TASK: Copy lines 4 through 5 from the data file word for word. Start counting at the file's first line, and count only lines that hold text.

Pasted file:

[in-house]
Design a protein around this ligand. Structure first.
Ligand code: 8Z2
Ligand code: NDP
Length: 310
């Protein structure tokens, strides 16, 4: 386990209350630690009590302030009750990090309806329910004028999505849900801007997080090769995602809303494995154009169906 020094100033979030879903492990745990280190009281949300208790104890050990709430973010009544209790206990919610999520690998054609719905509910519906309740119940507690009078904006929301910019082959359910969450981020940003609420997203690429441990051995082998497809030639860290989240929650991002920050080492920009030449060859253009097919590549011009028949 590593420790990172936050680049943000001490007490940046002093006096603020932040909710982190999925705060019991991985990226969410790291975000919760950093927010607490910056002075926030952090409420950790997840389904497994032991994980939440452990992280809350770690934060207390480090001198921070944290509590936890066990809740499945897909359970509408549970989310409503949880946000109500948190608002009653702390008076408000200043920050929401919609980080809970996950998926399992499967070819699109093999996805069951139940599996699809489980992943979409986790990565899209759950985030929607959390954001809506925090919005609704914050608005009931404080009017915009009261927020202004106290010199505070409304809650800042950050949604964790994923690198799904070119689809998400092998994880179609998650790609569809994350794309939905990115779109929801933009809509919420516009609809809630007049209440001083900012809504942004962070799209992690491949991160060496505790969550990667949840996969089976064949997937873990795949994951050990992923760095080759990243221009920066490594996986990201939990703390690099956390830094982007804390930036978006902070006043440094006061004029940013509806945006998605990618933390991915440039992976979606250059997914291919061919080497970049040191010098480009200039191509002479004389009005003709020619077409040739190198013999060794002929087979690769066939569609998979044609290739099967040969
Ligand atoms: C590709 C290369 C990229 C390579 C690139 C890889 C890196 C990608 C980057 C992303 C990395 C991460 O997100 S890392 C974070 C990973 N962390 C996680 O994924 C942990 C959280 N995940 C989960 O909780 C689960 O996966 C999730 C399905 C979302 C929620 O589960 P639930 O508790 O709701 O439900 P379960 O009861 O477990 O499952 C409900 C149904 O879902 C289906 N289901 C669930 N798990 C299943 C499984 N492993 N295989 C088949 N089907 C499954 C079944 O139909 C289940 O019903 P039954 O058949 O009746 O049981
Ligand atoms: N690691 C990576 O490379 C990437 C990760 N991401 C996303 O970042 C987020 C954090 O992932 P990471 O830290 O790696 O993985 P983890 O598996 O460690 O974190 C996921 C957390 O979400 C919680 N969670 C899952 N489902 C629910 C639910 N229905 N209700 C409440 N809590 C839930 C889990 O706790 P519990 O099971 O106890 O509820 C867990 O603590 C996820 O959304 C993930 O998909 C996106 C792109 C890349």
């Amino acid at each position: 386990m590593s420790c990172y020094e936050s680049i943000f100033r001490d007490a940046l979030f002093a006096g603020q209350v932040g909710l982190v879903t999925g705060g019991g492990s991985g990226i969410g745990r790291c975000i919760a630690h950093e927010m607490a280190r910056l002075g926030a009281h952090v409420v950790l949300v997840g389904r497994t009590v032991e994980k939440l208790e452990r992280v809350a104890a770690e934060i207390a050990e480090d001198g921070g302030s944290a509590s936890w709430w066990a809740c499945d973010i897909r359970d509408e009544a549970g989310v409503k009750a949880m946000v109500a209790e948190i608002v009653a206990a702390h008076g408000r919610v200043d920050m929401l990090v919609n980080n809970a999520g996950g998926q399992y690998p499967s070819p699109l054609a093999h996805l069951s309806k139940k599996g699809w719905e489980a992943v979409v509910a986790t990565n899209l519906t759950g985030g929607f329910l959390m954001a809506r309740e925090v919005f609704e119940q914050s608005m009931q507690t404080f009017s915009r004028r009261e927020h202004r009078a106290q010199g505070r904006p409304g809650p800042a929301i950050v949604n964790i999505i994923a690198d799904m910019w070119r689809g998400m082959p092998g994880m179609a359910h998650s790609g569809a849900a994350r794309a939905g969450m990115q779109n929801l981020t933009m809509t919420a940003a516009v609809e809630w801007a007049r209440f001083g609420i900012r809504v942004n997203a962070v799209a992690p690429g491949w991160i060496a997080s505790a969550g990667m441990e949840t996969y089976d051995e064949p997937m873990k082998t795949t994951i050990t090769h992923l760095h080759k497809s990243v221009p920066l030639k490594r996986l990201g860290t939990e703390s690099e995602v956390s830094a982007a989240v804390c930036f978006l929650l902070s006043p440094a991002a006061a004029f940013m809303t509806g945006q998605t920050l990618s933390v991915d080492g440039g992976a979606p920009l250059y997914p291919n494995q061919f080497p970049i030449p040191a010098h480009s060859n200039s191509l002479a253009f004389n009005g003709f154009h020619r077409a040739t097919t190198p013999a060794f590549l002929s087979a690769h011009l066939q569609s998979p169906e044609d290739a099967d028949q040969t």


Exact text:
Ligand code: NDP
Length: 310